On Chomsky and Harris

Noam Chomsky vs Sam Harris. Any thoughts?

I respect Harris for trying to open a dialog, and Chomsky certainly handled the exchange poorly, but the old man is nevertheless correct.

In a nutshell, Harris suggests that intentions matter when assessing the morality of a given geo-political outcome, and that Chomsky unwisely ignores intentions. Chomsky suggests that Harris is naive about “benign” intentions, and that on the world stage, only outcomes matter.

As an example, Chomsky would not make a moral distinction between the US accidentally killing a dozen children in a drone strike and ISIS deliberately killing a dozen children with a car bomb. On the other hand, Harris very much wants to make that moral distinction. That’s his whole point in starting the conversation. He believes that those identical outcomes would not be equal, and that the US would somehow be morally superior because of the intentionality of the deaths.

Harris’s position is attractive. At first glance, it certainly “feels” right, but that’s just a trick in how he frames his position. It’s fine to talk about the moral intentions of individuals, but his argument ultimately fails because the concept of intentionality doesn’t scale-up to the systemic level of state power.

In other words, it’s perfectly legitimate to suggest that President Obama is morally superior to Abu al-Baghdadi, the leader of ISIS, but so what? The US has visited far more atrocity onto the world than ISIS could ever hope to commit, and the fact that the President is a good guy has almost nothing to do with the intention of the US military industrial complex as a whole. Essentially, Harris is trying to make a systems-level “good guys vs bad guys” type argument, and Chomsky has no patience for that kind of bullshit.

To his credit, Harris is right that not all cultures are at the same stage of moral development, but for some reason, he has a blind spot when it comes to the systemic violence inherent to Western state powers, (specifically the US and Israel.) Harris assumes there is a certain benevolence of good intentions with regard to Western state actors, and Chomsky simply refuses to accept his premise.

Put as simply as possible, Chomsky thinks systemically about culture, whereas Harris thinks culturally about systems, and their conversation failed miserably because they got into an academic dick measuring contest.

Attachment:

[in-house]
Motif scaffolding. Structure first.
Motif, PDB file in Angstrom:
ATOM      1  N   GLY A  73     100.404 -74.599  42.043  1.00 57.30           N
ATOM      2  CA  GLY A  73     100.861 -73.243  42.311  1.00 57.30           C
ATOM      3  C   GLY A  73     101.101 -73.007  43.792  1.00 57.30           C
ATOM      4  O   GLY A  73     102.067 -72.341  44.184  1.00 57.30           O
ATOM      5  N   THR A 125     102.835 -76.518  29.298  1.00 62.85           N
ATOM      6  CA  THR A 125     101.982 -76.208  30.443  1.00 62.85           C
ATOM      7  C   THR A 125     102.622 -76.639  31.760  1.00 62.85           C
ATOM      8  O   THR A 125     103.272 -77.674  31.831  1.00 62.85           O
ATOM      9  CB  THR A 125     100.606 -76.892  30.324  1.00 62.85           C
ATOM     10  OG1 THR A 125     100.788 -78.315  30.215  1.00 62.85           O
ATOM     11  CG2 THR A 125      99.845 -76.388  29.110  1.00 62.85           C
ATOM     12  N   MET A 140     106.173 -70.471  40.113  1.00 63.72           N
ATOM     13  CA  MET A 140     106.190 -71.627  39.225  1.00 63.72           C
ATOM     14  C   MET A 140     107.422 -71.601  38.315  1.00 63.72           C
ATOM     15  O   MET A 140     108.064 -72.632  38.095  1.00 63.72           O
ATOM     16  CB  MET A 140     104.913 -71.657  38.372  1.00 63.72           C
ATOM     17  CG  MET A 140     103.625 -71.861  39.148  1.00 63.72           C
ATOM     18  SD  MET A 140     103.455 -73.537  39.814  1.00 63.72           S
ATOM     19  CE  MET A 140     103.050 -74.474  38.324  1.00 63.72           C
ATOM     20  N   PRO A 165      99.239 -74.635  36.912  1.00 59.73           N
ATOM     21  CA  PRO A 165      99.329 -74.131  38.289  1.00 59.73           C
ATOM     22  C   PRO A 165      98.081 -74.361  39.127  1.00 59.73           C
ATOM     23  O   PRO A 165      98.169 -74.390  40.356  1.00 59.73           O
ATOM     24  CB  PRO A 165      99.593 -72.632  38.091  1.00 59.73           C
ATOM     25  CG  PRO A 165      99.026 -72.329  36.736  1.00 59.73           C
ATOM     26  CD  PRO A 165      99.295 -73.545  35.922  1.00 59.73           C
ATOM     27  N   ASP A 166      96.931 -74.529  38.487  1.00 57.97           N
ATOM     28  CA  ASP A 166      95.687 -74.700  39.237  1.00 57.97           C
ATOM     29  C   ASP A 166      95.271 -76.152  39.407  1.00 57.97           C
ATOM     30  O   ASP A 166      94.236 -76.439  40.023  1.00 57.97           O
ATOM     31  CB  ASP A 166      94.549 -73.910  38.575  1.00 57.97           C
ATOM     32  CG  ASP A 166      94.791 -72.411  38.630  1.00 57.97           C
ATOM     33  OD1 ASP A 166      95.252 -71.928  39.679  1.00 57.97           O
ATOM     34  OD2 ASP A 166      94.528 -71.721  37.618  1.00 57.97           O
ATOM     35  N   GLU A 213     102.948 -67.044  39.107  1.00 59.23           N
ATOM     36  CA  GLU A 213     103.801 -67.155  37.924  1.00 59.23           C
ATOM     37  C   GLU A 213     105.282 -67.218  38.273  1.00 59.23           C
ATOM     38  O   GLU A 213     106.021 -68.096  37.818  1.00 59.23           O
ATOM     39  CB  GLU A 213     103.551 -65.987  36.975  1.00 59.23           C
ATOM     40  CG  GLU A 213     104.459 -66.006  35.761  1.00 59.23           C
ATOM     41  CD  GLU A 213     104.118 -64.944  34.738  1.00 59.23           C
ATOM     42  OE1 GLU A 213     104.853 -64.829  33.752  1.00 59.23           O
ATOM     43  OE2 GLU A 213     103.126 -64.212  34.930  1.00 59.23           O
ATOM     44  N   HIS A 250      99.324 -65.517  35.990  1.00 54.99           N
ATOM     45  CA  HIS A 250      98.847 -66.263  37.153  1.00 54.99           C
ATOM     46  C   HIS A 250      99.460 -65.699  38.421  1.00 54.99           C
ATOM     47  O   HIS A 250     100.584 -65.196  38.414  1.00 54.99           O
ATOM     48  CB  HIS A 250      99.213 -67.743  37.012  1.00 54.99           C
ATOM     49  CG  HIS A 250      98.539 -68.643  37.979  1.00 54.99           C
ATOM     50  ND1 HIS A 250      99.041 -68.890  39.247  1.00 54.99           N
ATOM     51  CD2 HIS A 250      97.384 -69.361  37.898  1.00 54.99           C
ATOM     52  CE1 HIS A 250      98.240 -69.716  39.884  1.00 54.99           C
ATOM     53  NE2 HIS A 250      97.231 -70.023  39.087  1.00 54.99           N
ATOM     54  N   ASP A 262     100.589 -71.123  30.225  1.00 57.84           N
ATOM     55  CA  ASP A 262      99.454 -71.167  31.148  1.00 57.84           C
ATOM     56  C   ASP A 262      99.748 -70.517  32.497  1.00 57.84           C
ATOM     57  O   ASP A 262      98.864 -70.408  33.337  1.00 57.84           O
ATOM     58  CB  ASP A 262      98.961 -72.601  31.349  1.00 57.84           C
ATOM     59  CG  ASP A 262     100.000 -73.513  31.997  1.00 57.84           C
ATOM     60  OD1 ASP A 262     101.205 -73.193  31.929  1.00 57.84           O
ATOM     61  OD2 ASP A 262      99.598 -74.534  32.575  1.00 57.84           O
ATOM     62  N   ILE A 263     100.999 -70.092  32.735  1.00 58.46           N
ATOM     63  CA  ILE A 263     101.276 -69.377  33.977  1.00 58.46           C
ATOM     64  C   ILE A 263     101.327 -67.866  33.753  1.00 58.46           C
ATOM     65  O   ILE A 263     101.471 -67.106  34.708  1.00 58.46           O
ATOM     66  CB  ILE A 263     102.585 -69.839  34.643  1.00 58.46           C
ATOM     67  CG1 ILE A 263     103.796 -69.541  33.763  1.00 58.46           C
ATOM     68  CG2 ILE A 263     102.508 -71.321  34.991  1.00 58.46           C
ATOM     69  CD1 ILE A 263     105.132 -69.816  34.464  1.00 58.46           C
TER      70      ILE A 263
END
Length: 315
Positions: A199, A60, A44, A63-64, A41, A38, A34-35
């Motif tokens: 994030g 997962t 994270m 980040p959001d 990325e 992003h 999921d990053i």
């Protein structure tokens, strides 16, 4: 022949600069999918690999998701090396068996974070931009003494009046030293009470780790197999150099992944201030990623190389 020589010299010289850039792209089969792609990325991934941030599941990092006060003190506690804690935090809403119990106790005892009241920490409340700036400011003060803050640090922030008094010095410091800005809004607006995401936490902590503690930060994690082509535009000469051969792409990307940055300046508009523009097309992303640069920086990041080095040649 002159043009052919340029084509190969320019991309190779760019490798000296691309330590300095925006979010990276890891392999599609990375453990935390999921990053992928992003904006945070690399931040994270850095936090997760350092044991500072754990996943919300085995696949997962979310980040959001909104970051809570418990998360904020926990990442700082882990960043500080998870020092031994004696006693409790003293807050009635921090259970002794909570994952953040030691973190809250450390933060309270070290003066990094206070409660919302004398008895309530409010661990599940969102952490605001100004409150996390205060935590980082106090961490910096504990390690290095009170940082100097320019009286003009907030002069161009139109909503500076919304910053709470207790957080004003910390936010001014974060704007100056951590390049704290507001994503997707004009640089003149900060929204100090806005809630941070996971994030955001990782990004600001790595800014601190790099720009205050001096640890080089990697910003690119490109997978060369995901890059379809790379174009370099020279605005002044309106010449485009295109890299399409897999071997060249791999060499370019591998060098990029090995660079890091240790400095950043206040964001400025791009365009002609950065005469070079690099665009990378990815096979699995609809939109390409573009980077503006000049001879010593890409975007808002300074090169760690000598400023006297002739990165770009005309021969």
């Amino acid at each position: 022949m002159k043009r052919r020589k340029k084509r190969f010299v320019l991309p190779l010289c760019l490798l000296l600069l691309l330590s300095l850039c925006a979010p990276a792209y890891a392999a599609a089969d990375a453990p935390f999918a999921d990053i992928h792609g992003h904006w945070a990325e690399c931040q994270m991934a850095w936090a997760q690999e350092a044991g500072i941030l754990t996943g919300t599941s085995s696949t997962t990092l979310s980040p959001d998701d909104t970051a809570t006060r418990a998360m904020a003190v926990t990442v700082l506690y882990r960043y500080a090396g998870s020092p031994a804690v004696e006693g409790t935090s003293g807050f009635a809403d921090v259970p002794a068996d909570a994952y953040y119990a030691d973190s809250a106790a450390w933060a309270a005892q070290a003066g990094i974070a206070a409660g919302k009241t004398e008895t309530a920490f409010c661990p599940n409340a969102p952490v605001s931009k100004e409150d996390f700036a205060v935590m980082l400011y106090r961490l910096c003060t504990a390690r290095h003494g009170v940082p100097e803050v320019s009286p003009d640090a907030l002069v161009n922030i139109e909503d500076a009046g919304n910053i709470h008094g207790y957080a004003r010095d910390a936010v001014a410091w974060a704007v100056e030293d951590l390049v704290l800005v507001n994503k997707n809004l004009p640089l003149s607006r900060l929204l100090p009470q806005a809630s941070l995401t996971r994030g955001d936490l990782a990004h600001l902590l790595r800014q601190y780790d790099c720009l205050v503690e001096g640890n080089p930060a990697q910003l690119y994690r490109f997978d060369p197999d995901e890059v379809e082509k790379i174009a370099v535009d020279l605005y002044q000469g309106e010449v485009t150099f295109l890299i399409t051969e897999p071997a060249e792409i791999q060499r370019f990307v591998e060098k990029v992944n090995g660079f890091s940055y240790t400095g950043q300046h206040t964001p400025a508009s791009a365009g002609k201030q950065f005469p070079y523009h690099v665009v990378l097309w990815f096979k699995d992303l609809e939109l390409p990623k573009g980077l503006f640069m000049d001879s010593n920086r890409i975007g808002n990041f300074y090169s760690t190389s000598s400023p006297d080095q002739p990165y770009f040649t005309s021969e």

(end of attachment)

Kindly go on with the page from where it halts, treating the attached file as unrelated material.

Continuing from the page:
Oh well.


13 thoughts on “On Chomsky and Harris

  1. Jules says:

    That’s the clearest critique I’ve ever seen.

    Was there any particular book or class that was seminal in teaching you how to analyze like this? Because I’m a geek who’s good with numbers, but I would love to be able to look at words / arguments more critically.

    • Sarah says:

      Read more. Becoming analytical with words means exposing yourself to them often and questioning the why and how. Or, study linguistics. Linguists learn how to develop an analytical view of language using various methods, and there are quantitative approaches for the mathematically inclined. In fact, Dr. Pinker’s “Sense of Style” talks a bit about analyzing other people’s writing to improve your own.


  2. Bec says:

    Wouldn’t you think intentions matter, if only in order to predict future actions of the group if the resources weren’t limiting?

    • Coquette says:

      Yes, of course intentions matter in predicting future actions, but that’s a strategic assessment of intent. Harris and Chomsky are talking about a moral assessment of intent.

  3. chum says:

    Wow, that’s not what I remember reading at all. I don’t think I’ll revisit that painful exchange again, but I seem to remember Harris trying to start a dialog about… anything, really, and Chomsky responding only with contempt for what he believed Harris’s unwritten point to be.

    I guess I didn’t read enough Chomsky in college to appreciate how clever he’s being when he doesn’t even appear to be listening. Oh well indeed.

  4. Adam. says:

    “…Harris thinks culturally about systems…”

    Yes, and Harris is so biased and blinded by his current western cultural environment that he can’t see the world in any other terms.

    What bothers me most about Harris is his banging the science / evidence drum and yet refuses to acknowledge the large body of scholarship with regards to radicalization. His gut feeling that doctrine is all defining in terms of beliefs and actions is embarrassing.

  5. Jonathan Dore says:

    Coquette — sorry, but you’re simply asserting that the relevance of intentions doesn’t “scale up” without demonstrating why. It seems to me self-evident that this relevance does indeed scale up. If it didn’t, the Allies in World War II would have been its *moral* (as opposed to military) victors *only* because they succeeded in killing fewer people, and not because they were trying to stop a toxic form of genocidal fascism. In the view you outline, the moral value of state actions, minus intentions, becomes a mere matter of accountancy: if one state kills a million people and their opponents kill a million and one, one can say automatically that the first is the less evil without knowing *anything* about intentions or whether those deaths occurred in offence or defence. Every death is simply an interchangeable unit, and the circumstances are irrelevant.

    Intentions are not taken out of the equation simply because of a change in scale. State actions are more complex than individuals’, certainly, because they result from the input of many people rather than just one, but they are not, as words like “systemic” imply, purely automatic and impersonal processes, like some sort of geological force, devoid of moral meaning. Every state action of the kind we’re discussing is the result of human decisions, not the turning of cogs.

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